“We already have tomorrow, it’s today that we want” Marc Downham
You don’t learn anything new if you are told future is scary. In this Black Mirror in which our horizon is blurred, we are presented with a pessimistic future moving at high speed. What if another imaginary one was possible? What if it was up to us to collectively build the future we desire?
The role of arts and sciences in the reconstruction of the imaginaries
Arts have always been the vehicle for the most buried human passions and intuitions. Yet, in their effort to fulfill their function and find order in the chaos of the world, “The arts and scientific theories operate on the same principle. It is always a question of explaining the visible world by invisible forces, of articulating what we observe over what we imagine,” according to François Jacob in Le jeu des possibles.
Far from being two disciplines that progress in a linear and independent way, the arts and sciences feed and intermingle, and it is not uncommon for the arts to surpass the sciences in the anticipation of things to come.
Thereby, science-fiction has always drawn scenarios of possible futures, anticipating even some technological upheavals – whether it be Jules Vernes and the electric submarines imagined a century ahead of time in Twenty Thousand Leagues Under the Sea. Or Star Trek, which inspired not only the creation of the first cell phone, but also, for the first time on American screens, showed an interracial kiss in the 1960s. Science fiction surprises and inspires us beyond the scientific field and even accelerates the evolution of our society.
By drawing up an inventory of possible and desirable futures, science fiction allows us to prototype the present.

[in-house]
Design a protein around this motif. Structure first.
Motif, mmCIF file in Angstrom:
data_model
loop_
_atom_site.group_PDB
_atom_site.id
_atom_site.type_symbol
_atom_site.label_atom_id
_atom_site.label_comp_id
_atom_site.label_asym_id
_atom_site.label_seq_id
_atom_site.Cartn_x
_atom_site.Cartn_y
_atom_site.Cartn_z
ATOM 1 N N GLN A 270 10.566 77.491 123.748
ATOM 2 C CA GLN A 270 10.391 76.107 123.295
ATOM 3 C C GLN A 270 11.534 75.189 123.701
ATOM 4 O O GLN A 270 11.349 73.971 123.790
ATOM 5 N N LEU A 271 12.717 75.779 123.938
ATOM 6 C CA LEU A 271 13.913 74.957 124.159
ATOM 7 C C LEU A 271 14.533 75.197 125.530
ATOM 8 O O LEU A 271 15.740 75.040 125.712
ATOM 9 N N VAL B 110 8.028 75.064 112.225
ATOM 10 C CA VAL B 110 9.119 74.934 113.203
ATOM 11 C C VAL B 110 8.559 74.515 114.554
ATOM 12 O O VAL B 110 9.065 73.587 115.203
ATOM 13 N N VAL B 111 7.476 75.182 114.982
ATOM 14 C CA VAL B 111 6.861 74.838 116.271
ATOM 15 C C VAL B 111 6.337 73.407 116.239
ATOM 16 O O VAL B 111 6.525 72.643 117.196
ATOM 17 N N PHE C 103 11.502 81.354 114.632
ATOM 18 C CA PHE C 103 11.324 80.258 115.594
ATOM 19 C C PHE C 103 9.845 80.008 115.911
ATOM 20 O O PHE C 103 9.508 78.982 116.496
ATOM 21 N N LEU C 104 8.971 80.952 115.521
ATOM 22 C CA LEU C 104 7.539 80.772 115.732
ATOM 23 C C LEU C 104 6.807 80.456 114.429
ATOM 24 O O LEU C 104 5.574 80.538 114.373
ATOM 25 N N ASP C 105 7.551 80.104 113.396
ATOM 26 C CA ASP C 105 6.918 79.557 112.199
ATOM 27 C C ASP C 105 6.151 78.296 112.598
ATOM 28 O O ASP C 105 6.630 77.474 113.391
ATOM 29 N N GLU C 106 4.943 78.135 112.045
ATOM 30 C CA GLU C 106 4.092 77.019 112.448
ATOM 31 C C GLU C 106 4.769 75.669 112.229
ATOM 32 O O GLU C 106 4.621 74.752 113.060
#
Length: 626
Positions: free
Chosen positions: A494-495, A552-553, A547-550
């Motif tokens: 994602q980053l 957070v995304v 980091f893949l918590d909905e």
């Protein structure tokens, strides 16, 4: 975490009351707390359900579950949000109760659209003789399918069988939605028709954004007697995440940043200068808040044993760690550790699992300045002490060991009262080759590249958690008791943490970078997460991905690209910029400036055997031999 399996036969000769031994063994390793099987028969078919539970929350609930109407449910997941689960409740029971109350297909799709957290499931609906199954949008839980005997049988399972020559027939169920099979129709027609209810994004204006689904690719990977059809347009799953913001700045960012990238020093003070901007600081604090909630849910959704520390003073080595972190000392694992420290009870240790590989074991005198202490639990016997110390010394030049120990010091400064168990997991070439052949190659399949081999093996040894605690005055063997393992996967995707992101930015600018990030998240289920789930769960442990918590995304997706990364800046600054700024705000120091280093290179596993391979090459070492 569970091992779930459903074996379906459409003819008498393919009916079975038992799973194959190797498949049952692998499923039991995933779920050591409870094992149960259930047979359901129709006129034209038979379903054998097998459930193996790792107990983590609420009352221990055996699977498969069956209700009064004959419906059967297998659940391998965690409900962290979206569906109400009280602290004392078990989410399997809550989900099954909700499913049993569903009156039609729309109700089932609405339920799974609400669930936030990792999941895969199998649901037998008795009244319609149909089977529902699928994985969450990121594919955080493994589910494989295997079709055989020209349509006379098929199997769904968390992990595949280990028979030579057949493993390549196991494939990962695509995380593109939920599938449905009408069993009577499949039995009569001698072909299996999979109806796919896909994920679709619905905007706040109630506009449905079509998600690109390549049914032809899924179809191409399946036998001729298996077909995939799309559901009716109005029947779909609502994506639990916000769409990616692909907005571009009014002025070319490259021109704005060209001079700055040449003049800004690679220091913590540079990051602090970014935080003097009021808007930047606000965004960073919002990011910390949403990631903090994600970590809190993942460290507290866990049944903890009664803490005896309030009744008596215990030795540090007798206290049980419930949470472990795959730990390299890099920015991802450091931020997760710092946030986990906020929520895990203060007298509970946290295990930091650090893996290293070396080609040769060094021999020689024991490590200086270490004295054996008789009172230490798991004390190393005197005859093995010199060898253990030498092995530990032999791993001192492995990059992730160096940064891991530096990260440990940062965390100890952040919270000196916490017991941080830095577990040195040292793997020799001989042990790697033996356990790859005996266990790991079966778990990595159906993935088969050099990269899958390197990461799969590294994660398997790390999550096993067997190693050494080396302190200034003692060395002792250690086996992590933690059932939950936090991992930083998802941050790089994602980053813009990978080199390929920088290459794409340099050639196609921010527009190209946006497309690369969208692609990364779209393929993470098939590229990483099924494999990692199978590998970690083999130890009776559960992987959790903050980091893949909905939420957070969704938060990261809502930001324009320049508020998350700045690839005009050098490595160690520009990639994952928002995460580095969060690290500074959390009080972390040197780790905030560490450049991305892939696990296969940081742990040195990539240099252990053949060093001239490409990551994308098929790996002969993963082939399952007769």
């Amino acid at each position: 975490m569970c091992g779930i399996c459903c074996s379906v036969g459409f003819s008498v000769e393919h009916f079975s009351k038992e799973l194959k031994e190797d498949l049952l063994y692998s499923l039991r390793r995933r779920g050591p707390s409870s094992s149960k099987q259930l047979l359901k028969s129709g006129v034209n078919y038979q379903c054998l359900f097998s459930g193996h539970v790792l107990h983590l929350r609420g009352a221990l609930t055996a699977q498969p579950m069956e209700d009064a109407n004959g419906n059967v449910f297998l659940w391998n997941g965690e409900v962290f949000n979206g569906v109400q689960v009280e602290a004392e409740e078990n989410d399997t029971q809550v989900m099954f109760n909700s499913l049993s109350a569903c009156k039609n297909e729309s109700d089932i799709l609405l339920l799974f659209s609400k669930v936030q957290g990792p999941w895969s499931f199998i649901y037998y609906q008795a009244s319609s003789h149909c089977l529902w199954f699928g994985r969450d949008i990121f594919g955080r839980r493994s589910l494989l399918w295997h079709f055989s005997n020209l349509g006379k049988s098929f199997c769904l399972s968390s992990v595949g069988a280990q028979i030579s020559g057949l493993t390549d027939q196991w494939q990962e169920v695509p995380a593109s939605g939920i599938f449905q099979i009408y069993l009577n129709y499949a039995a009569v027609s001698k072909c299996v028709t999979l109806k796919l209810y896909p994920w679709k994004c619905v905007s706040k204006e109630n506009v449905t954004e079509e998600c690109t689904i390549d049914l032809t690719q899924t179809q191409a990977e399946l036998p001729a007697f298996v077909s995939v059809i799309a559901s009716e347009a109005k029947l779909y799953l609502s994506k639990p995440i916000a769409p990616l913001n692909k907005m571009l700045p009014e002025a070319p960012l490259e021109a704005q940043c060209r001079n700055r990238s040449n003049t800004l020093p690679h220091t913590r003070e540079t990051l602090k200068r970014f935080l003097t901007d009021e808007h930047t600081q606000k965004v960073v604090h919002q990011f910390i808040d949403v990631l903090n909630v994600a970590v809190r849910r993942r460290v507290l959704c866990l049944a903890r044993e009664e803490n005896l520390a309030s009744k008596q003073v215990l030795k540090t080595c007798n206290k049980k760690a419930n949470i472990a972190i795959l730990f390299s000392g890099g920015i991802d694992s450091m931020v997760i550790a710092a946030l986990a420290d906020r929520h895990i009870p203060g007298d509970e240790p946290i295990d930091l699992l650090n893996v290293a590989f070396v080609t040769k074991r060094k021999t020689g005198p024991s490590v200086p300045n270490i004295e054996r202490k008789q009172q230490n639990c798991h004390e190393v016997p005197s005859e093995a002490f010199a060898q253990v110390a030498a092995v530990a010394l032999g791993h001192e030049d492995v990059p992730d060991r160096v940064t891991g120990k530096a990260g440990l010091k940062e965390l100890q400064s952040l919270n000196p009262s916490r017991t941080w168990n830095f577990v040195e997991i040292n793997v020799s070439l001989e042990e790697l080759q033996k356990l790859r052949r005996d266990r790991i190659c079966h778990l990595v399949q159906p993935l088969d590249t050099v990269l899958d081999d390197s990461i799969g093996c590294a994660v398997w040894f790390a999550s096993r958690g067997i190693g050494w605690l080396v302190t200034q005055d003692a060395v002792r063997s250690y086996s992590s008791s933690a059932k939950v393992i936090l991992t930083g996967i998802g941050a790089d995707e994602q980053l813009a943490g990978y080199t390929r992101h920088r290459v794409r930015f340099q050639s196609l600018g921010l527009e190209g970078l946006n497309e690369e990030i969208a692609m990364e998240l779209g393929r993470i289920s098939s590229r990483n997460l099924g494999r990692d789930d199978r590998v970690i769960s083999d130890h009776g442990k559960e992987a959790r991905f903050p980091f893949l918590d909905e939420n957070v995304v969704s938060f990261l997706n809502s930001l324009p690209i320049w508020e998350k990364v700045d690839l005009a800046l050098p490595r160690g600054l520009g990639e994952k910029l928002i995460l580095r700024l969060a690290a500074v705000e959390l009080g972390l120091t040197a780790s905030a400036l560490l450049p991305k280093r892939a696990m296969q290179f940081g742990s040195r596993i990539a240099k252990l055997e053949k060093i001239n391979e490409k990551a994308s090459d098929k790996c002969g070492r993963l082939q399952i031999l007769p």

Today, in a context where the trajectories of the future are being shaped at lightening speed, the sciences and the arts must be in constant dialogue with society to shape public understanding of possible futures. These disciplines must be reappropriated by citizens so that they can insert their own subjectivity into them and thus participate in the construction of representations of the future.
Some have already understood this. In the United States, for example, the design fiction format has already made its way and acquired its letters of nobility. For example, after the September 11th attacks, the American government asked SIGMA, a consulting firm of leading science fiction authors, to (re)imagine the future of public policy. Similarly, the Obama administration has collaborated with science fiction authors to imagine the colonization of the solar system. Behind these futuristic projects is the same ambition – to write scenarios of desirable futures to prototype the present.
Bright Mirror or the birth of a collaborative scriptwriting of positive imaginaries
It is on these assumptions that Bright Mirror was born. Bright Mirror is a project that relies on the collaborative scripting of positive imaginaries to shape the world we want to create together. Bright Mirror now brings together a community of 2,000 people, both face-to-face and virtual. More than 2,000 stories have been written and 20 of them have been published in Usbek & Rica.
By taking up complex themes, such as AI (in collaboration with The Future Society) or the City of the Future (with the Ministries of Ecological and Solidarity Transition and Territorial Cohesion), Bright Mirror gives shape to imaginaries enriched by multiple subjectivities. By making people who speak a different language communicate around a common and universal object, Bright Mirror demystifies the topics that cause concern and democratizes speaking out. The methodology and format developed by Bright Mirror are suited to corporate seminars on digital trends, HR meetings on the future of work, or team building activities to unleash the creative potential of your teams and nourish your strategic vision.
Does this concept interest you? Do you want to treat it in a creative and collaborative way? Don’t hesitate, go to the other side of/beyond the mirror! Allor your organization to unleash its creative potential and prototype its desirable future. Contact us at email@example.com.
Paper written with Sacha Alanoca
*Black Mirror: a Netflix dystopian anticipation series